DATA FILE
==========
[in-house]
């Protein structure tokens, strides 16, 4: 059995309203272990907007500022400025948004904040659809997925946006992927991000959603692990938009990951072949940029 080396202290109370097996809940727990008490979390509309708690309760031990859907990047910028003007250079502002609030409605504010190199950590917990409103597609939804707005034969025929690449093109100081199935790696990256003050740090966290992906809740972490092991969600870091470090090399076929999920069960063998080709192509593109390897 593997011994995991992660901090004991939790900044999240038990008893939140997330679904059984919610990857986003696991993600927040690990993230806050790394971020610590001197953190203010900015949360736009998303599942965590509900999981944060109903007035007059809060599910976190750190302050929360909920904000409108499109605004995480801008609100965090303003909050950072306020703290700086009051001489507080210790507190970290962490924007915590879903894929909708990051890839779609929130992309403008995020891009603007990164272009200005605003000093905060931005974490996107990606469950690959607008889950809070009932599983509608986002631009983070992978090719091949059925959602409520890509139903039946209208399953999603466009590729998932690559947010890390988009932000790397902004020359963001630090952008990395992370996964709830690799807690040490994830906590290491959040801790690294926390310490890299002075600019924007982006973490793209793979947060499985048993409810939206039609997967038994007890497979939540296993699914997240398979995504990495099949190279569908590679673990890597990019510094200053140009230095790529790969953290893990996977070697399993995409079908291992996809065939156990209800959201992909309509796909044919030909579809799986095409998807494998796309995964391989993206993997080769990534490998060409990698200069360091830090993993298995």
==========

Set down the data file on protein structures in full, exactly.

[in-house]
């Protein structure tokens, strides 16, 4: 059995309203272990907007500022400025948004904040659809997925946006992927991000959603692990938009990951072949940029 080396202290109370097996809940727990008490979390509309708690309760031990859907990047910028003007250079502002609030409605504010190199950590917990409103597609939804707005034969025929690449093109100081199935790696990256003050740090966290992906809740972490092991969600870091470090090399076929999920069960063998080709192509593109390897 593997011994995991992660901090004991939790900044999240038990008893939140997330679904059984919610990857986003696991993600927040690990993230806050790394971020610590001197953190203010900015949360736009998303599942965590509900999981944060109903007035007059809060599910976190750190302050929360909920904000409108499109605004995480801008609100965090303003909050950072306020703290700086009051001489507080210790507190970290962490924007915590879903894929909708990051890839779609929130992309403008995020891009603007990164272009200005605003000093905060931005974490996107990606469950690959607008889950809070009932599983509608986002631009983070992978090719091949059925959602409520890509139903039946209208399953999603466009590729998932690559947010890390988009932000790397902004020359963001630090952008990395992370996964709830690799807690040490994830906590290491959040801790690294926390310490890299002075600019924007982006973490793209793979947060499985048993409810939206039609997967038994007890497979939540296993699914997240398979995504990495099949190279569908590679673990890597990019510094200053140009230095790529790969953290893990996977070697399993995409079908291992996809065939156990209800959201992909309509796909044919030909579809799986095409998807494998796309995964391989993206993997080769990534490998060409990698200069360091830090993993298995």